When polled by Chicago-based research group C+R, 20% of teens said they want to be artists, entertainers, athletes, media, and communication workers. The idea isn’t surprising, as young people are immersed in media depicting the glamor and excitement of celebrities fulfilling these careers. While these can be lucrative and fulfilling occupations, just 2% of the workforce is actually employed by the industry. So how do we close this disparity and open students’ eyes to the exciting possibilities surrounding them?

In early December a team of volunteers from Morton Industries helped us in our mission to connect role models with students and spark interest in careers in the world of manufacturing - an industry that employs nearly 10% of the Illinois workforce and encompasses a wide variety of interests and education levels. Steve Stewart, Director of Organizational Development at Morton Industries, explained why a busy employer would take the time to reach out to students not yet in the job market. Steve emphasized, “It’s vital to get the message out about careers in manufacturing - about what it is today with technology and the variety of opportunities people have in the manufacturing industry.” Meeting virtually with students from the Peoria Regional Learning Center, team members from Morton Industries delivered a virtual tour to share information about their career and education paths. “Kids often only hear what their parents or grandparents are doing,” noted Steve, “so it was important to show them what we have available; whether it’s sales, purchasing, HR, accounting, machining, quality, or welding.” Students and educators alike enjoyed the inside look at the business and benefited from additional resources provided the new JA Connect Learning Pathways site. With the help of partners like Morton Industries, we continue to inspire and prepare students as they explore their skills and interests.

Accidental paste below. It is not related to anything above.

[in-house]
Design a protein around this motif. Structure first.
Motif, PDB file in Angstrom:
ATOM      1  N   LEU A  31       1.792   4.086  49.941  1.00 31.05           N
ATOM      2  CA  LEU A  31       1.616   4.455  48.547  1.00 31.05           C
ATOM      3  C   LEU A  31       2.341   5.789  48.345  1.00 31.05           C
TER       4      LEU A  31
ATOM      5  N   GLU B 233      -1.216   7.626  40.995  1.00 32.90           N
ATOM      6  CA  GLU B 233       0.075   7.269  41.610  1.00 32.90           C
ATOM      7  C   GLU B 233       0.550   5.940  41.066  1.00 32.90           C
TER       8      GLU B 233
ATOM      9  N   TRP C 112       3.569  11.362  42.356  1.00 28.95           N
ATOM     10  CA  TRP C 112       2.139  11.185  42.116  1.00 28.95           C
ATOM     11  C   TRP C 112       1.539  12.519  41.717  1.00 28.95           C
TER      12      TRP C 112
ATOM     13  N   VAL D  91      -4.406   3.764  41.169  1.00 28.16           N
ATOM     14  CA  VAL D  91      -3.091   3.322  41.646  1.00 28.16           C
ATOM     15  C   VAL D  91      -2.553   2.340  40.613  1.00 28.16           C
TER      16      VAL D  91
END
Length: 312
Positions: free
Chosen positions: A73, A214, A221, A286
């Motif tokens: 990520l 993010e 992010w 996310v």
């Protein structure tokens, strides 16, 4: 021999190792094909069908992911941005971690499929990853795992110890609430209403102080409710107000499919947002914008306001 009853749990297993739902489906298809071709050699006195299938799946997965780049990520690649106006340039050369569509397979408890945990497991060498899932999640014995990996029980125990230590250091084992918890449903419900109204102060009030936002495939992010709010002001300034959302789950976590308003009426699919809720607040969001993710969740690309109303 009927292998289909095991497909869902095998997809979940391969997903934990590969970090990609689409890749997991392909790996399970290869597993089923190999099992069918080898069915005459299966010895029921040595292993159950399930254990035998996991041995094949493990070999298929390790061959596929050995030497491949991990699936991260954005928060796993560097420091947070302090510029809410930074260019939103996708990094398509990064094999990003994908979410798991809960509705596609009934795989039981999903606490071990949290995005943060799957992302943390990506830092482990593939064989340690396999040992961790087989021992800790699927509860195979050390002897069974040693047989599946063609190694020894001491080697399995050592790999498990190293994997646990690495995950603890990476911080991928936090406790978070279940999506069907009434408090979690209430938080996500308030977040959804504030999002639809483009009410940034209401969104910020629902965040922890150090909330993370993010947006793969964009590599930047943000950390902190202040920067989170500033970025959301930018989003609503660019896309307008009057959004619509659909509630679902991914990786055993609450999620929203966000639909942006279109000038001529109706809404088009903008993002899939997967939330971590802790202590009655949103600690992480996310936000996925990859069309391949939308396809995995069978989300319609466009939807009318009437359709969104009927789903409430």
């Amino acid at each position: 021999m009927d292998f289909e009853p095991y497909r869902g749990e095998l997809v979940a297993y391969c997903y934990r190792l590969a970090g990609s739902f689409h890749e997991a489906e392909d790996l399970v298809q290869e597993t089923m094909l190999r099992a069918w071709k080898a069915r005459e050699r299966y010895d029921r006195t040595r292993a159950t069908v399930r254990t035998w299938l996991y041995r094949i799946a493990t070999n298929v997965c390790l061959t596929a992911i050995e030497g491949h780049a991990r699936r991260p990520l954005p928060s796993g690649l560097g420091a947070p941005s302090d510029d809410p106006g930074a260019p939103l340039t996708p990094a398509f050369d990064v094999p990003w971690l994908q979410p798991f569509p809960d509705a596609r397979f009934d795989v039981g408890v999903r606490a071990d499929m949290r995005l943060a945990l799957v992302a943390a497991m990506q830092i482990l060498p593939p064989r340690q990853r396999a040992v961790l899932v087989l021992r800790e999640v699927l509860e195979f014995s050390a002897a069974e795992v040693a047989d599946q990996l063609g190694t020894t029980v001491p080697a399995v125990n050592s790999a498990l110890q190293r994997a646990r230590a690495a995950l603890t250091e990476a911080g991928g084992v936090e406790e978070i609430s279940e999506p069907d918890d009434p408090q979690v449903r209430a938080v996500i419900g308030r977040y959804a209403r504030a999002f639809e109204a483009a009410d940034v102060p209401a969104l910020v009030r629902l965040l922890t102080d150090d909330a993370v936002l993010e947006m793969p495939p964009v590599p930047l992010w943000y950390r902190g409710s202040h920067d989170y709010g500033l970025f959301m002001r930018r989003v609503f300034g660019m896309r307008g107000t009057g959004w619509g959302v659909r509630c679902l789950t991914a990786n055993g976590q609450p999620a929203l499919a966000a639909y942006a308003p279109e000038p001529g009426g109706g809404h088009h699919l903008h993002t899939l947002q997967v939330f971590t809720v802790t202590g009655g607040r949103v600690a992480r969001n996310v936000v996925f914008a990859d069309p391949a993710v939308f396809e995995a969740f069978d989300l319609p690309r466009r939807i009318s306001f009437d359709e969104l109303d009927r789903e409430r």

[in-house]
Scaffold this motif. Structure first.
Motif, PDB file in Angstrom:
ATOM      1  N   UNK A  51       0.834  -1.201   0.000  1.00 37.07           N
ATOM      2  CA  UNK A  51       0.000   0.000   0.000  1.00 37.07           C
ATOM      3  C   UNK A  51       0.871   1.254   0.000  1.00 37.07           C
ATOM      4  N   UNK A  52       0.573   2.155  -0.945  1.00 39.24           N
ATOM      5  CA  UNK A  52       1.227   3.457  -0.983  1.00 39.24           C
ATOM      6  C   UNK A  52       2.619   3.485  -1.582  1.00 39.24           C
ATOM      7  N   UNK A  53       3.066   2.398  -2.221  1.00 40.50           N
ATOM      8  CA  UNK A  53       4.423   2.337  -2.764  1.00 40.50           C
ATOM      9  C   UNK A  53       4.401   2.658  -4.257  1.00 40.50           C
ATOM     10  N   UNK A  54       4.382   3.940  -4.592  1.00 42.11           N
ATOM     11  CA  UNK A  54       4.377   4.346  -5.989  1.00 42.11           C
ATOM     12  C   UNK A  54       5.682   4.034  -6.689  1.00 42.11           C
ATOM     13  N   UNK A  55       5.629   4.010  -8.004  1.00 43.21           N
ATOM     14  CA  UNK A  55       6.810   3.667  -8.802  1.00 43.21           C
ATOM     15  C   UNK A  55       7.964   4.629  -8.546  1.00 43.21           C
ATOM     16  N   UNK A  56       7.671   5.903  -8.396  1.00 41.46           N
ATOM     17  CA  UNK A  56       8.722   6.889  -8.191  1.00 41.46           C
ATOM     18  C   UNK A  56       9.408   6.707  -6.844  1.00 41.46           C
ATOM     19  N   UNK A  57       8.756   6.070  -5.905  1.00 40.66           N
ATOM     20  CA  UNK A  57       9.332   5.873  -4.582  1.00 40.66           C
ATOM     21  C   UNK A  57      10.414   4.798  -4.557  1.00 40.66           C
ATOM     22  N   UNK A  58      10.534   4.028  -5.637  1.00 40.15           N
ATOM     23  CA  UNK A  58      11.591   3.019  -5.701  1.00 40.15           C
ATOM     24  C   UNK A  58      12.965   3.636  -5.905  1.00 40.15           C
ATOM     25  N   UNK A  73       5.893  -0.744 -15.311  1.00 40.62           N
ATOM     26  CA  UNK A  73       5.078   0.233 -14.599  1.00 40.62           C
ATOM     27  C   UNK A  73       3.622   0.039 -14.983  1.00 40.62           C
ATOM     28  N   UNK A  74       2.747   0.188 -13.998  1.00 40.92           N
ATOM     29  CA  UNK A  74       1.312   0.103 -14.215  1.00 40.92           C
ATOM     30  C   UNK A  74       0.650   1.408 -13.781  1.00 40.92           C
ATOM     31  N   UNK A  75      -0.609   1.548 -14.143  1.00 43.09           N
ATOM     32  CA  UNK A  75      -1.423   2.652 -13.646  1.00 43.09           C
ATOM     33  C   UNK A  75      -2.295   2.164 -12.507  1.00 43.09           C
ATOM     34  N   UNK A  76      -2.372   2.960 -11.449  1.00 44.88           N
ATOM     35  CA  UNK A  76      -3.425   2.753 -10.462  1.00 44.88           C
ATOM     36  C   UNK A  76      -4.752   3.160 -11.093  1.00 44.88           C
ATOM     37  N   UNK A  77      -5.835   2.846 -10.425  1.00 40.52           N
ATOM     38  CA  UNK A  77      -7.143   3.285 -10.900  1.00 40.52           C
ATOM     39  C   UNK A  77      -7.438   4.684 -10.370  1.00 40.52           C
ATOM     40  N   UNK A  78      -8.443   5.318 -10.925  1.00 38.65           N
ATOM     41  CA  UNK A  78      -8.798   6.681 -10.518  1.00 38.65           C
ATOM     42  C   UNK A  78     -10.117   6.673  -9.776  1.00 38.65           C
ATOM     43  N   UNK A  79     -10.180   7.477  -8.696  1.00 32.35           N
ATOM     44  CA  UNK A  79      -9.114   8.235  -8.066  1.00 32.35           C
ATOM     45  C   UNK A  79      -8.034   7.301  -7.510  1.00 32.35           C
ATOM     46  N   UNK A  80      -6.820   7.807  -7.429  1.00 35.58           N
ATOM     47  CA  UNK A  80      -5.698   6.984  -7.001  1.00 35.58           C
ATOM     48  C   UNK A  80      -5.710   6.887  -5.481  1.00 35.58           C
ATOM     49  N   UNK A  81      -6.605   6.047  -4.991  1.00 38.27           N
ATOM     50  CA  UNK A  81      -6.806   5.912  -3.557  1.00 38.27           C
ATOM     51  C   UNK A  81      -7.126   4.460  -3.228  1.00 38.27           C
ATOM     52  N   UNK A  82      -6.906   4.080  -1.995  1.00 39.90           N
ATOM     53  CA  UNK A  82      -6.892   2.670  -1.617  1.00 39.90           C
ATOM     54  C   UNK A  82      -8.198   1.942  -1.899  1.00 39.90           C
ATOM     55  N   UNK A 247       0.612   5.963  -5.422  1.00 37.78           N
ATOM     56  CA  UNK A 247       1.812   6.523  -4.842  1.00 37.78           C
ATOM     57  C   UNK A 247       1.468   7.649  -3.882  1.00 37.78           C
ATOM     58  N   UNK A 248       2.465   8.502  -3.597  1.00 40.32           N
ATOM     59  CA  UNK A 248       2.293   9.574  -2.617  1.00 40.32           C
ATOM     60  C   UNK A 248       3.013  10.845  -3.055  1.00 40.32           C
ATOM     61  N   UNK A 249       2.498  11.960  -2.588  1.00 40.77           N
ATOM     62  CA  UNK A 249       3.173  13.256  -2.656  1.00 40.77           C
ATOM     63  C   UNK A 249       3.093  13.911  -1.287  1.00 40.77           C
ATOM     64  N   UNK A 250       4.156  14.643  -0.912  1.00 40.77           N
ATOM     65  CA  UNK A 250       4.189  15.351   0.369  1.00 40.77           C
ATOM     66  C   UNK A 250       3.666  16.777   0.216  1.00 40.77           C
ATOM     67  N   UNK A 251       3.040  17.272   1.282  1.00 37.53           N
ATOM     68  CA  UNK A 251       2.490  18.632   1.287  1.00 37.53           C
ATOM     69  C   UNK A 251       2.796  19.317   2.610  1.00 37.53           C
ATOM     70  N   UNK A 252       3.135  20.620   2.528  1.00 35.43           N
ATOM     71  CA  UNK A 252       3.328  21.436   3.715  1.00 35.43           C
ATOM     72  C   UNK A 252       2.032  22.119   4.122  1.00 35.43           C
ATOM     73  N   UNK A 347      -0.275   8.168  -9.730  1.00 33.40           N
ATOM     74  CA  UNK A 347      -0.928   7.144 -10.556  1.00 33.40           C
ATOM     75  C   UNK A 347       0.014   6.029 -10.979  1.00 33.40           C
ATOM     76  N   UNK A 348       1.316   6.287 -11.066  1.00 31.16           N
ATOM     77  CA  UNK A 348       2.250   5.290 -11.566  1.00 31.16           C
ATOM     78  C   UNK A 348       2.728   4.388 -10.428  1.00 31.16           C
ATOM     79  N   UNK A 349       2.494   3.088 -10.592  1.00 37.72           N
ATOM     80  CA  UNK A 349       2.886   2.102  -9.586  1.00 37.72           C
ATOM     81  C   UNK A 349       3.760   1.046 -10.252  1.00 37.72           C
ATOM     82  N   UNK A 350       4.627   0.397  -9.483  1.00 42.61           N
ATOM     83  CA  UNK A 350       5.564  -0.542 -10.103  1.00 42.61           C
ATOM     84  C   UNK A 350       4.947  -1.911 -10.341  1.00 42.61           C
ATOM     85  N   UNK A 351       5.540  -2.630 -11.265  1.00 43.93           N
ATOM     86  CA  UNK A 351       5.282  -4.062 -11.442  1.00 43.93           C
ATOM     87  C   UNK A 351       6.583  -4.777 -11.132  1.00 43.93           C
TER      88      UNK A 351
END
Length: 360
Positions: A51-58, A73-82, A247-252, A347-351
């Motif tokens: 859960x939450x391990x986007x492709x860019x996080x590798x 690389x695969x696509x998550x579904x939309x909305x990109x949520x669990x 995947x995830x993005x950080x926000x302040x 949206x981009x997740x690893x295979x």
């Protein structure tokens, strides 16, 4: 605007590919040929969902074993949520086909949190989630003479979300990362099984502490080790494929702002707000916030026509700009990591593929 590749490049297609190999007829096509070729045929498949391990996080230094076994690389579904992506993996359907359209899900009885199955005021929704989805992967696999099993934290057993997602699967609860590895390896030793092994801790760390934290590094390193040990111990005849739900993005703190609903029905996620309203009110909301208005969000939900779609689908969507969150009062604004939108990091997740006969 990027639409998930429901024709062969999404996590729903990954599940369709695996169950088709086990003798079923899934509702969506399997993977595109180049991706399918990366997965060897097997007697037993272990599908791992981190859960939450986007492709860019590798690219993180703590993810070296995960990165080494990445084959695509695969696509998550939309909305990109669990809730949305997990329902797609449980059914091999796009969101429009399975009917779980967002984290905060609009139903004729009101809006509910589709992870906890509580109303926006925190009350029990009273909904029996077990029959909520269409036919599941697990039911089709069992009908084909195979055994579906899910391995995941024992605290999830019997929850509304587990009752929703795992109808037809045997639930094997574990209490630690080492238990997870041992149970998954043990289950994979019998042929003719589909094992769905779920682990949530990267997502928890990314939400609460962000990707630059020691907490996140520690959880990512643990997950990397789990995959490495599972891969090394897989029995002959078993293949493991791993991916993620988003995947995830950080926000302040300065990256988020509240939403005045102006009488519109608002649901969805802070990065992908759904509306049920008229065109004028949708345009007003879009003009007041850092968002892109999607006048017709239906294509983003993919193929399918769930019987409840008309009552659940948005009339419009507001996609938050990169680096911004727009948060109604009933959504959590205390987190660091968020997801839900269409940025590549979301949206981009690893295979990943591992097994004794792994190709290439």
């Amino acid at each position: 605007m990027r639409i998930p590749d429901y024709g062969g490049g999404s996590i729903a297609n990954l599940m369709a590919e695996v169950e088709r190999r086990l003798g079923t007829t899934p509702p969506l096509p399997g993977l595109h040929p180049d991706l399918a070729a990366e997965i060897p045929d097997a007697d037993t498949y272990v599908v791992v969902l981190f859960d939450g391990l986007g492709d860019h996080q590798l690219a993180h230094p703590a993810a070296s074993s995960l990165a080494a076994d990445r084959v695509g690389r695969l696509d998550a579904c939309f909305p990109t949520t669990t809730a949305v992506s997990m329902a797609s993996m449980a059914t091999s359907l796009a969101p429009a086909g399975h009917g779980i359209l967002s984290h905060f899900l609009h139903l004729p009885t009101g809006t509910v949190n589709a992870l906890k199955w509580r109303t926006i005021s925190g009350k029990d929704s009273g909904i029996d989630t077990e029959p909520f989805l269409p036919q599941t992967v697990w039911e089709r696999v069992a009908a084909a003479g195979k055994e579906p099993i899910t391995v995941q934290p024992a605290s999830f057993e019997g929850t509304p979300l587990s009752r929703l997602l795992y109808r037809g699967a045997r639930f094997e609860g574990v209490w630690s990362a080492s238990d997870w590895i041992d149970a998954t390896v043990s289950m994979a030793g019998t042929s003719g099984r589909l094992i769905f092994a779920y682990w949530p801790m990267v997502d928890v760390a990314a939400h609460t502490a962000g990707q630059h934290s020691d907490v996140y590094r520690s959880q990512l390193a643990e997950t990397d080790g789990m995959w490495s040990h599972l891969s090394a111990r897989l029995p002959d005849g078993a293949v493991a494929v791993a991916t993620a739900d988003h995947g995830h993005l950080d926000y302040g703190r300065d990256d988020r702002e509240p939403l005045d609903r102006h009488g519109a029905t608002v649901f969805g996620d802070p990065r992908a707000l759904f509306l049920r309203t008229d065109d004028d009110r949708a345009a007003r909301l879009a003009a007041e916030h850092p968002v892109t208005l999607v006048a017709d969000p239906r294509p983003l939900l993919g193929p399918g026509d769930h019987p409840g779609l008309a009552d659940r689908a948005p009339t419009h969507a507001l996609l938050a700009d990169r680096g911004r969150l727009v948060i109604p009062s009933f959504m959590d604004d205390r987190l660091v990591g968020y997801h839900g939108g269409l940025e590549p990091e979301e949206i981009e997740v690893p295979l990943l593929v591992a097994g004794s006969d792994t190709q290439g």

Survey: Majority of U.S. Teens Believe People are Paid Less based on Race, Ethnicity, or Gender